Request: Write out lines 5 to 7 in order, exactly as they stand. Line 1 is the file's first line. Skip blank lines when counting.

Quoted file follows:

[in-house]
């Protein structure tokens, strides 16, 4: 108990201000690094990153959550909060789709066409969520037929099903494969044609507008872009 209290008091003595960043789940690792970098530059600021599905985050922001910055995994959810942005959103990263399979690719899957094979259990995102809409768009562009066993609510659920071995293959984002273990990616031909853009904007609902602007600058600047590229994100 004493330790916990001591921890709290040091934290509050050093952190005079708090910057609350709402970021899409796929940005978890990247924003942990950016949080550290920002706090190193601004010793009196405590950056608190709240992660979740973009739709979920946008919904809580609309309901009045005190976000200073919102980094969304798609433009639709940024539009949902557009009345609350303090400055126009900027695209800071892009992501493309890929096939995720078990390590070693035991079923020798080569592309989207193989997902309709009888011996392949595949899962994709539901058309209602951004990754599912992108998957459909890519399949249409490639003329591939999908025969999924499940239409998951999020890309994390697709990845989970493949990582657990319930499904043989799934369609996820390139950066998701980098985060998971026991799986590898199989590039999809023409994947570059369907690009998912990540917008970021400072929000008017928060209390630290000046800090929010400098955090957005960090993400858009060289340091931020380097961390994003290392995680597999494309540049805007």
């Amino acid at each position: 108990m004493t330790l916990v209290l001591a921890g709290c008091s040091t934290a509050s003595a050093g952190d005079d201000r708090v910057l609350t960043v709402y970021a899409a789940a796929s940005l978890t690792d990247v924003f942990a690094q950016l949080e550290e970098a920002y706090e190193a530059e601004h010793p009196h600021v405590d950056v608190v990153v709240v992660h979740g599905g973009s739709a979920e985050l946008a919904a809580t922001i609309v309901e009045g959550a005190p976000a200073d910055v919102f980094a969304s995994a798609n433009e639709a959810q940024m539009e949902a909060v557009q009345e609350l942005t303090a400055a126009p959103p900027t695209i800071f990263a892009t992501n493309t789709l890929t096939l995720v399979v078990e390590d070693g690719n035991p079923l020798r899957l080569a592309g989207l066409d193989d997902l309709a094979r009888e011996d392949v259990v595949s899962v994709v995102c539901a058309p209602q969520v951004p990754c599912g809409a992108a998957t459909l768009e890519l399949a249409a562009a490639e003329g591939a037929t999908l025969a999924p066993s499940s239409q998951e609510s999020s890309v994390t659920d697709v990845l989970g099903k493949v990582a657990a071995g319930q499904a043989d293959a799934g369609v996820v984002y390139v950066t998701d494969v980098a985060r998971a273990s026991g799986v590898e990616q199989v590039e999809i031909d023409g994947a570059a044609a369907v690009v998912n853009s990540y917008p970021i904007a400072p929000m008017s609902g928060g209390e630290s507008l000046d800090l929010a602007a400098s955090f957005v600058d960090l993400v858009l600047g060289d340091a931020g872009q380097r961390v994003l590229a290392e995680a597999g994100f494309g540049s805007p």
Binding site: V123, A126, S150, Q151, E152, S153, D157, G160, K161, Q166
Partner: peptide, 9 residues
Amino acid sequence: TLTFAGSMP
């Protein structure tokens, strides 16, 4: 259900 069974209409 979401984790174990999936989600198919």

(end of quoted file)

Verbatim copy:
Partner: peptide, 9 residues
Amino acid sequence: TLTFAGSMP
């Protein structure tokens, strides 16, 4: 259900 069974209409 979401984790174990999936989600198919």